from Tony Gallagher at the Vancouver Province,
If Chris Drury or Daniel Briere leave Buffalo, they’ll obviously go where a team needs offence. Ditto Scott Gomez, one of the legion of New Jersey Devils who’ve had their fill of life in Lou Lamoriello’s successful Gulag and want to experience a less restrictive lifestyle, to say nothing of perhaps a more open approach to the game.
Of course, the smart guy may take Detroit as his cue. Knowing Bertuzzi would like to go back to the Wings, you would have to think if the Wings pass on making an offer, their medical staff heavily influenced the decision.
This one should be most interesting unless Detroit straight up takes him off the market.
What about Peter Forsberg? Will we get into Roger Clemens territory when it comes to the immortal Foppa?
read on...more UFA talk…
from Theresa Tedesco of the National Post,
According to insiders, Mr. Bettman and William Daly, the NHL’s deputy commissioner, told Mr. Balsillie that if he wanted to buy the Predators, he had to make a “good faith” attempt to keep the team in Nashville, and not to sabotage its chances of surviving in that city.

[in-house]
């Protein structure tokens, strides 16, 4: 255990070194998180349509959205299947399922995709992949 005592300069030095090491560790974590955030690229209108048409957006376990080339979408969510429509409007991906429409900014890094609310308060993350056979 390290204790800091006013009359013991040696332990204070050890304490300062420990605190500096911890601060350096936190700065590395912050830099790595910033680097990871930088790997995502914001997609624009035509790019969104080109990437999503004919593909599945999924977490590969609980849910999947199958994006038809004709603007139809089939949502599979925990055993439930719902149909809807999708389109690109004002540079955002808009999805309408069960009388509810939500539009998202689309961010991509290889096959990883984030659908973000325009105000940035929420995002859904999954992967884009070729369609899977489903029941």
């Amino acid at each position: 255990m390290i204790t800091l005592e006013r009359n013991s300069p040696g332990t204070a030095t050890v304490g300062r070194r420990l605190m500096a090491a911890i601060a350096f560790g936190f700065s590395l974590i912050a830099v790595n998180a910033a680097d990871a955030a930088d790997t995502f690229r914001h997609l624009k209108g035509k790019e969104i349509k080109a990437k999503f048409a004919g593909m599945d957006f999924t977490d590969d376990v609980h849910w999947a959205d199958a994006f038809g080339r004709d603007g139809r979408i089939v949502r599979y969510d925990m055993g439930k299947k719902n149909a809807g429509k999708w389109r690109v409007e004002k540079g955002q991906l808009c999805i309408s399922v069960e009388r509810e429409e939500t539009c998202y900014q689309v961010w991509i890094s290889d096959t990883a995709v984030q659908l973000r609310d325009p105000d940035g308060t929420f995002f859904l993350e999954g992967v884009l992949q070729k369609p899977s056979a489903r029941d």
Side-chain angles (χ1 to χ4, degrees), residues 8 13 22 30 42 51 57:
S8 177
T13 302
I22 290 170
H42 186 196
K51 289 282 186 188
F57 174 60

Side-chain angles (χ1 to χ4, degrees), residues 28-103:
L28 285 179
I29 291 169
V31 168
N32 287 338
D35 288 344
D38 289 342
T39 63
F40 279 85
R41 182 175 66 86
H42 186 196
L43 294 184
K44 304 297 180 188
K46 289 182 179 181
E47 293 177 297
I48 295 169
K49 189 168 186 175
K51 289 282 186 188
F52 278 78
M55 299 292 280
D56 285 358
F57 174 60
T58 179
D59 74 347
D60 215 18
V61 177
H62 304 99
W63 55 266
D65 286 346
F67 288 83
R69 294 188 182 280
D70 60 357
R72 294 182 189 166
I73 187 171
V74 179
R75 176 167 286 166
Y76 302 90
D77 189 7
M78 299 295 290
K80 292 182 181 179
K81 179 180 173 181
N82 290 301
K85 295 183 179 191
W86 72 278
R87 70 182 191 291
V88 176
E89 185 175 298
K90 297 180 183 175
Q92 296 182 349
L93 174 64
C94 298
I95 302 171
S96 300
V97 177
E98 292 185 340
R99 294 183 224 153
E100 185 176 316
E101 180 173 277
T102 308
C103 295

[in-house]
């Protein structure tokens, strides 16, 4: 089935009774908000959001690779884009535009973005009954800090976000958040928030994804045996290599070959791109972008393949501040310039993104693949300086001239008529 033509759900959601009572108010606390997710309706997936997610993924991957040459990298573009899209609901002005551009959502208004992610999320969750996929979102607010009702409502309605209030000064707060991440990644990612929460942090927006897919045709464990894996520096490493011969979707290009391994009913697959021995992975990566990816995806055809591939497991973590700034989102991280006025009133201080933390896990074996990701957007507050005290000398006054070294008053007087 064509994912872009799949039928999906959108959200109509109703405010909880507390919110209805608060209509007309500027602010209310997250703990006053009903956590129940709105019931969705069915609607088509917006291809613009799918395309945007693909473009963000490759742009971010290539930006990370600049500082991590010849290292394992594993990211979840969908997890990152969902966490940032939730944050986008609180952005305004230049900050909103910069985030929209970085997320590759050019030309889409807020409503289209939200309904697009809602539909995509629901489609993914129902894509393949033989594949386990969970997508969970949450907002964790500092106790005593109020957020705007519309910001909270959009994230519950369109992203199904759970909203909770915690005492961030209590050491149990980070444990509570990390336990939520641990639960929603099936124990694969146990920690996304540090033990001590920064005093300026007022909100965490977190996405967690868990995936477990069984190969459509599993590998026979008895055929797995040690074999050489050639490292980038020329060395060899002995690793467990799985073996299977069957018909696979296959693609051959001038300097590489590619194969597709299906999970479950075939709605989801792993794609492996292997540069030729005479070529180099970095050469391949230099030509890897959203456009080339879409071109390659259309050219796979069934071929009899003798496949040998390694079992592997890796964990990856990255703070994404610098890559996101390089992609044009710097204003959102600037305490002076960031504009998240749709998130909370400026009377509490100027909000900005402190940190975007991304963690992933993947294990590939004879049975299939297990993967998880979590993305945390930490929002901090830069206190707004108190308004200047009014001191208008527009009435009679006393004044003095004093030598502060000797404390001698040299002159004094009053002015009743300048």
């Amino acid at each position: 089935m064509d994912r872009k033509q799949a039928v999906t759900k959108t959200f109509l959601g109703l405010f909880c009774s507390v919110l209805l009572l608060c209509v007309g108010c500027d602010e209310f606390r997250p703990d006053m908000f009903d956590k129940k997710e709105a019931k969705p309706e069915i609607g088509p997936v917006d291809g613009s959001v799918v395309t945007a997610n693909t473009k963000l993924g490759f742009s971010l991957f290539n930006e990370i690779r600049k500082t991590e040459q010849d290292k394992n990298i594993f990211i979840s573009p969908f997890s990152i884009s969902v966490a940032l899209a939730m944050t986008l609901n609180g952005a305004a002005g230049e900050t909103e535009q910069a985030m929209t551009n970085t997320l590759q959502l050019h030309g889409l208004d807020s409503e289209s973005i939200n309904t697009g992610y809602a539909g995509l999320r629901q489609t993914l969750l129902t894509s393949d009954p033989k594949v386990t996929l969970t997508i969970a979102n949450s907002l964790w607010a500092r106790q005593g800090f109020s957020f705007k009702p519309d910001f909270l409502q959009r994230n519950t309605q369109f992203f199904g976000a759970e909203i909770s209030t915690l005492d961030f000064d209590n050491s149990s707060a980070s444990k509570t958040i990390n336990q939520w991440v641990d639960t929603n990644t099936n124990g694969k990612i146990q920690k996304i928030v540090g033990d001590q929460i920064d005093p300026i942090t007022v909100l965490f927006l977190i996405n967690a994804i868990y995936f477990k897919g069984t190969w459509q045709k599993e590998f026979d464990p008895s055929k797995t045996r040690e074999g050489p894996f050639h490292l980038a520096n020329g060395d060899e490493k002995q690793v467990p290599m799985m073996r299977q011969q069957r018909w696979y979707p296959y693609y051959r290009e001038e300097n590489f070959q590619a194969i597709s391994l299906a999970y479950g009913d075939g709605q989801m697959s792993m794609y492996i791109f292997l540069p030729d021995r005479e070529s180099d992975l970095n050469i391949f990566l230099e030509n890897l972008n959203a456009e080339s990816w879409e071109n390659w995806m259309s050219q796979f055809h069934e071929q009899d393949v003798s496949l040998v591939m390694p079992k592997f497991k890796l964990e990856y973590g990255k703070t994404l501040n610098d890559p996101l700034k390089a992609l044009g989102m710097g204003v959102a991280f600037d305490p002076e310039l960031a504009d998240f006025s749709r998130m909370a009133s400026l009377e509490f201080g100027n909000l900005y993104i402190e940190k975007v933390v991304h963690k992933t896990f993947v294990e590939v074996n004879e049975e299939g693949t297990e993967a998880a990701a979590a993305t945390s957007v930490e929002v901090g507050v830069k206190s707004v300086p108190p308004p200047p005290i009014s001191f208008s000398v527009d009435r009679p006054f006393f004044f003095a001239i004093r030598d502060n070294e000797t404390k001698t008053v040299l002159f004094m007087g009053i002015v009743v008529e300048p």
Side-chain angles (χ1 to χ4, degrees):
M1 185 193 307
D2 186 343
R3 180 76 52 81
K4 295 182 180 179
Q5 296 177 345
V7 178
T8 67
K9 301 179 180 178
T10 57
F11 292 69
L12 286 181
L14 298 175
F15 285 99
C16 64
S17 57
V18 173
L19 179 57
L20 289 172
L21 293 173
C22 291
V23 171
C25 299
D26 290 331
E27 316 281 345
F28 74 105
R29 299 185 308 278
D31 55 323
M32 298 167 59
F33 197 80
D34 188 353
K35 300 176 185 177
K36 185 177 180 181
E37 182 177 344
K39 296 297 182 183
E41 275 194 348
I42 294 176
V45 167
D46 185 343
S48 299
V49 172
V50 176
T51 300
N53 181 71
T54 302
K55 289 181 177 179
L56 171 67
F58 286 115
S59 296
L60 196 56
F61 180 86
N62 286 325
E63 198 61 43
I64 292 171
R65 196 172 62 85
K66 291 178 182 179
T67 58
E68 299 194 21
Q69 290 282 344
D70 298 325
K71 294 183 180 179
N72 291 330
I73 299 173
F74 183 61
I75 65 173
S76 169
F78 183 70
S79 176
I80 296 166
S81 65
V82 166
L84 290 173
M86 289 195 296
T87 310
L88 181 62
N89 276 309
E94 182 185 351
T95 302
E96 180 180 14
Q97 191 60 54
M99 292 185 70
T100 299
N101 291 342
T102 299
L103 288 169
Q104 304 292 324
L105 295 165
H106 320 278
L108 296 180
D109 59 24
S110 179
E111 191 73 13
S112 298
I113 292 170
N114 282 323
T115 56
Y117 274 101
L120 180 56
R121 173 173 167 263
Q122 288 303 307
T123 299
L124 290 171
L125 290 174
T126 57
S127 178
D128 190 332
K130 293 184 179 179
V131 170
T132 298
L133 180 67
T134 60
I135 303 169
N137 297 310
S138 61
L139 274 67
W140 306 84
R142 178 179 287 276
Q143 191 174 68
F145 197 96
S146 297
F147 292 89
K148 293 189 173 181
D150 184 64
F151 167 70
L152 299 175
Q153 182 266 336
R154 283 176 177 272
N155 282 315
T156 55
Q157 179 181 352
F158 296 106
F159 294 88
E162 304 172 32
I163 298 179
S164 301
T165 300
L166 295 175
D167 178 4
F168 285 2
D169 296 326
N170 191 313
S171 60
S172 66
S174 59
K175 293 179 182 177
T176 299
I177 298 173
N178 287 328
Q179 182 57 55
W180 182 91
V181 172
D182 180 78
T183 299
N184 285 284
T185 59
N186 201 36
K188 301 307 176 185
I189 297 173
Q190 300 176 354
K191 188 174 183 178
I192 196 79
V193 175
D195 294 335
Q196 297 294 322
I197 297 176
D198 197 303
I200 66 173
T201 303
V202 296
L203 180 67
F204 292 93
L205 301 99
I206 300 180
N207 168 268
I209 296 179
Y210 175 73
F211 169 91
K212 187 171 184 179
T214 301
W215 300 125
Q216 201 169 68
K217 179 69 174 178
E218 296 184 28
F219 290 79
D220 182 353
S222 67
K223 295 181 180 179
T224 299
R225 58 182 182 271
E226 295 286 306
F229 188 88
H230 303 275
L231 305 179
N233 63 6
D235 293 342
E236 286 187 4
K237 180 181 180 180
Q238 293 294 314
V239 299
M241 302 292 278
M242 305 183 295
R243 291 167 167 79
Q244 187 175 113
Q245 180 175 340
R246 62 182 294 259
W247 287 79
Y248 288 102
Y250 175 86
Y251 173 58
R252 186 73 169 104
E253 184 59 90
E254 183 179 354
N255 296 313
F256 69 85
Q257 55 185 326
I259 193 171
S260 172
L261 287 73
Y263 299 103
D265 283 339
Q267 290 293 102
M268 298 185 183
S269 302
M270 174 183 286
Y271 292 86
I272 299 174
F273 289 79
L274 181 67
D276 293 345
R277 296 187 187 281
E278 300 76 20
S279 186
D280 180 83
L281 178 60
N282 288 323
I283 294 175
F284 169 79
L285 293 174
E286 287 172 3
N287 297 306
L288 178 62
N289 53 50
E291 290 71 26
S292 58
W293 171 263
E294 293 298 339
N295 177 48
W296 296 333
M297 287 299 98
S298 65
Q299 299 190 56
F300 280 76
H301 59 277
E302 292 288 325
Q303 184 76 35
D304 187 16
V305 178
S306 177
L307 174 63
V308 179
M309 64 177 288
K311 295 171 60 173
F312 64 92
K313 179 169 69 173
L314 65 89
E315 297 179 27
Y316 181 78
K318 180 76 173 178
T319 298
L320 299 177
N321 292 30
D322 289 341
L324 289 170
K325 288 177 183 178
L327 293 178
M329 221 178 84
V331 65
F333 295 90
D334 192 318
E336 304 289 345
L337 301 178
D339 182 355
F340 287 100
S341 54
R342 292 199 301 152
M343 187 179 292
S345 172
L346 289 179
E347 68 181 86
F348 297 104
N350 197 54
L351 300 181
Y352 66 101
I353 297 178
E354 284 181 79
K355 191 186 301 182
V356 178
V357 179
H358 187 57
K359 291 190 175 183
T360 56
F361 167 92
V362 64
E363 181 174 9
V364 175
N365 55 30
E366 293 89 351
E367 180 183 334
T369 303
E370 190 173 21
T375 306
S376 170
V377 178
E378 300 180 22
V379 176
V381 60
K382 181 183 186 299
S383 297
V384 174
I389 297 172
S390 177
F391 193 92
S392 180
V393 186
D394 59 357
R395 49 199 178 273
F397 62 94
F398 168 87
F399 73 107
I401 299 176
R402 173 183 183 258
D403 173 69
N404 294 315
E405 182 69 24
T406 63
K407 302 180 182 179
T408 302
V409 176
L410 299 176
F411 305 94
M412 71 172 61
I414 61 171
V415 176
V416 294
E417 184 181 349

Apparently, Mr. Balsillie was troubled about not having certainty about his ability to move the team, and was clearly uneasy about his previous experience with the league. Before he publicly announced his bid for the Penguins last October, he had a similar conversation about moving Sidney Crosby and the team if the arena funding didn’t materialize. Apparently, Mr. Bettman agreed at the time, saying “I’ll be the first to help you pack your bags.”
more... long but interesting read…
from Al Strachan at Fox Sports,
For a mathematician, 32 is a much more attractive number than 30. It creates a nice balance — 16 teams make the playoffs and 16 don’t.
And the rumors of realignment into four divisions that surfaced last year had a lot of merit. Bettman denied the story but you can take that for what it’s worth.